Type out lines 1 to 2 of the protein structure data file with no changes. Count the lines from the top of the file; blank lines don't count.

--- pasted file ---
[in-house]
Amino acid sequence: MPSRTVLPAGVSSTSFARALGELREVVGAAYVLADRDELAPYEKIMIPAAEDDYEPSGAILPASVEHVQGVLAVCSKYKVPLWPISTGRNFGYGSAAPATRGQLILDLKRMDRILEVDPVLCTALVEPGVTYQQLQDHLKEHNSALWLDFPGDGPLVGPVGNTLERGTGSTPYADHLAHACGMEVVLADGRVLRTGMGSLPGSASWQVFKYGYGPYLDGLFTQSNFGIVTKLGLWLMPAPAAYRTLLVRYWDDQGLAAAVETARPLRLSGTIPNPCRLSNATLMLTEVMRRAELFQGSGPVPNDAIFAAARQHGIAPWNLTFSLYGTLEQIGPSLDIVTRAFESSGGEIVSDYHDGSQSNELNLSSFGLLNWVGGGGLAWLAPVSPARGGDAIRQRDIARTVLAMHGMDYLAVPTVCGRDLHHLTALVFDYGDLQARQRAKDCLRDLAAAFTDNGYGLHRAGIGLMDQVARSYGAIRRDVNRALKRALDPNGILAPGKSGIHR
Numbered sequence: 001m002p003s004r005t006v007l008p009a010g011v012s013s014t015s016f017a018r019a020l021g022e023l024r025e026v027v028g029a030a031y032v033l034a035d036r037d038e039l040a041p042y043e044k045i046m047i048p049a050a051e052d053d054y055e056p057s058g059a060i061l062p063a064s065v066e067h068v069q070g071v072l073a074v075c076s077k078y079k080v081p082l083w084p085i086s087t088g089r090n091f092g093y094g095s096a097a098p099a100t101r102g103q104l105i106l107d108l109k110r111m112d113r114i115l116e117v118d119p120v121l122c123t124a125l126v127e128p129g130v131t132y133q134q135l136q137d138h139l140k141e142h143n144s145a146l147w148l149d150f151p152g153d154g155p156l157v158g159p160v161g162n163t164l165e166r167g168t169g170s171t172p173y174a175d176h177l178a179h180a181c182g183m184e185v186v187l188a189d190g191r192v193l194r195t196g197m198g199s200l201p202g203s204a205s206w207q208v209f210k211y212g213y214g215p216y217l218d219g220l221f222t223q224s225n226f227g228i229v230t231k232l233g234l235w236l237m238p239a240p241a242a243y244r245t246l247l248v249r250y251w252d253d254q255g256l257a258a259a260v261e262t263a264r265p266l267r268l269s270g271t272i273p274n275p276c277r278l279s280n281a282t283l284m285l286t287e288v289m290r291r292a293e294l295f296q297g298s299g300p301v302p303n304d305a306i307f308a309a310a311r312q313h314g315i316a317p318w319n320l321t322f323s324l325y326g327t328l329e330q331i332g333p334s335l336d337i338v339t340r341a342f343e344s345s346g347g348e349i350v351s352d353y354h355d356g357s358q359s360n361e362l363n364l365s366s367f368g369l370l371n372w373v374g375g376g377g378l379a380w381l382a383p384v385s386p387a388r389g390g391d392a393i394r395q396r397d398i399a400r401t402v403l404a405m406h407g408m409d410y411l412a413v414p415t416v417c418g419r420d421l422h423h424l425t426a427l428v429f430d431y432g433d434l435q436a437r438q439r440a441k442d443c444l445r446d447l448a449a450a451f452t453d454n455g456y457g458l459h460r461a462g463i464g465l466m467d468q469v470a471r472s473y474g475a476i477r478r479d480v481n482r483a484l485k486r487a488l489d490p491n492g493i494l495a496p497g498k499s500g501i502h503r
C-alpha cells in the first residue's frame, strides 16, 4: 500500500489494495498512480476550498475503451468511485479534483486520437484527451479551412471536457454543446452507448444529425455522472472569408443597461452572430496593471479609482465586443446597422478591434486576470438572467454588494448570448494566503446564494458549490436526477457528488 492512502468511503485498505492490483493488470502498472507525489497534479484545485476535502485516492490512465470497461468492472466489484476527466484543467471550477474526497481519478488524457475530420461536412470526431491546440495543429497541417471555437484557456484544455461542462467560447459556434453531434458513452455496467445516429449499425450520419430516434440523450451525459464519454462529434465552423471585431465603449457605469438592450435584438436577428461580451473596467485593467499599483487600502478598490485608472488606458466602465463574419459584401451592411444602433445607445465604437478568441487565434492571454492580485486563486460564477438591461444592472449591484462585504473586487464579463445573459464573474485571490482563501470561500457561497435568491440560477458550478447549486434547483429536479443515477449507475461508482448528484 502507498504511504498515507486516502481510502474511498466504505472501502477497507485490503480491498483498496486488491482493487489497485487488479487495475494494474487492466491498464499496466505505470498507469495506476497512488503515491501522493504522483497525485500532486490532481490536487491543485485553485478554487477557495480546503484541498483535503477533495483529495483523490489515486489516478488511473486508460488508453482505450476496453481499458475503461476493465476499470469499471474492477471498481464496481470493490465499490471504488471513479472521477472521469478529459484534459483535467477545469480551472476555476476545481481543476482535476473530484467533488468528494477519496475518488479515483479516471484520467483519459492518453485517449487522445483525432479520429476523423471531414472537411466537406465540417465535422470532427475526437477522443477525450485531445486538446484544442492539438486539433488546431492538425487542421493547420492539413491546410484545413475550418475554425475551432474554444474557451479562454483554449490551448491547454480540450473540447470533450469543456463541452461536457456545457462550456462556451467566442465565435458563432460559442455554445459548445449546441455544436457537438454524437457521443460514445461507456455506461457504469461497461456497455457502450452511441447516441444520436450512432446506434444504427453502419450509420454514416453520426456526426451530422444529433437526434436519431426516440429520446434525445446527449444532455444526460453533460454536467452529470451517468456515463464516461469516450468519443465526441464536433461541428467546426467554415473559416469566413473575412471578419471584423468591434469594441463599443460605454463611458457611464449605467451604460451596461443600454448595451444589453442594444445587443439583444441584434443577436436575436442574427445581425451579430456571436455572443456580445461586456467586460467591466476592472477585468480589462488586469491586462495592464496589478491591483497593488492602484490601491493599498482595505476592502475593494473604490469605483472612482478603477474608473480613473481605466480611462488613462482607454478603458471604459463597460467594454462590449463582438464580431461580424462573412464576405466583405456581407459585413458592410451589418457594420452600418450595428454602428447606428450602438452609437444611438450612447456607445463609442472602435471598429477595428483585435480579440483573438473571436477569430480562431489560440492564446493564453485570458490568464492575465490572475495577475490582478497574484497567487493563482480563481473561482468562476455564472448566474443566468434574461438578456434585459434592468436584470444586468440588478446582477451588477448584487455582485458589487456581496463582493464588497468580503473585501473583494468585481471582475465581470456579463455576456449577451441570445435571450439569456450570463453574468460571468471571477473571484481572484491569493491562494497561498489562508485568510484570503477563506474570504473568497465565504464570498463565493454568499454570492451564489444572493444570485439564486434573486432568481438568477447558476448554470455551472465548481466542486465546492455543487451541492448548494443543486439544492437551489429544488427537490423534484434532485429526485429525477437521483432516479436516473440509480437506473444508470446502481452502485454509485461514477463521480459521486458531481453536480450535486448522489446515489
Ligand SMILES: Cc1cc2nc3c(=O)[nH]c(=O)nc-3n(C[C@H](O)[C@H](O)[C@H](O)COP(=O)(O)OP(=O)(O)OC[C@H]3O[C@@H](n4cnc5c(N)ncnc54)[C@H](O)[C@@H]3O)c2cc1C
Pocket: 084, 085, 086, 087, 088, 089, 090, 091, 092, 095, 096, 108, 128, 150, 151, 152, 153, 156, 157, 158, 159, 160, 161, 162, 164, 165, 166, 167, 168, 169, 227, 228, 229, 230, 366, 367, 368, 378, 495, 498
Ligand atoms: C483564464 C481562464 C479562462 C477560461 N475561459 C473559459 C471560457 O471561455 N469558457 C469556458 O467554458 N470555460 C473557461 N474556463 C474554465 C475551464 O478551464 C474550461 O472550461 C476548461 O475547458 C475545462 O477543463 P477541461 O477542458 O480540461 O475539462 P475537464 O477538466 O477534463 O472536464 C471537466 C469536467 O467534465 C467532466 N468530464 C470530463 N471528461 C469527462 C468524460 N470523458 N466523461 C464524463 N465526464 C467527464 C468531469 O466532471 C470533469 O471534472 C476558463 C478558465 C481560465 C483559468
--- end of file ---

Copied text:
[in-house]
Amino acid sequence: MPSRTVLPAGVSSTSFARALGELREVVGAAYVLADRDELAPYEKIMIPAAEDDYEPSGAILPASVEHVQGVLAVCSKYKVPLWPISTGRNFGYGSAAPATRGQLILDLKRMDRILEVDPVLCTALVEPGVTYQQLQDHLKEHNSALWLDFPGDGPLVGPVGNTLERGTGSTPYADHLAHACGMEVVLADGRVLRTGMGSLPGSASWQVFKYGYGPYLDGLFTQSNFGIVTKLGLWLMPAPAAYRTLLVRYWDDQGLAAAVETARPLRLSGTIPNPCRLSNATLMLTEVMRRAELFQGSGPVPNDAIFAAARQHGIAPWNLTFSLYGTLEQIGPSLDIVTRAFESSGGEIVSDYHDGSQSNELNLSSFGLLNWVGGGGLAWLAPVSPARGGDAIRQRDIARTVLAMHGMDYLAVPTVCGRDLHHLTALVFDYGDLQARQRAKDCLRDLAAAFTDNGYGLHRAGIGLMDQVARSYGAIRRDVNRALKRALDPNGILAPGKSGIHR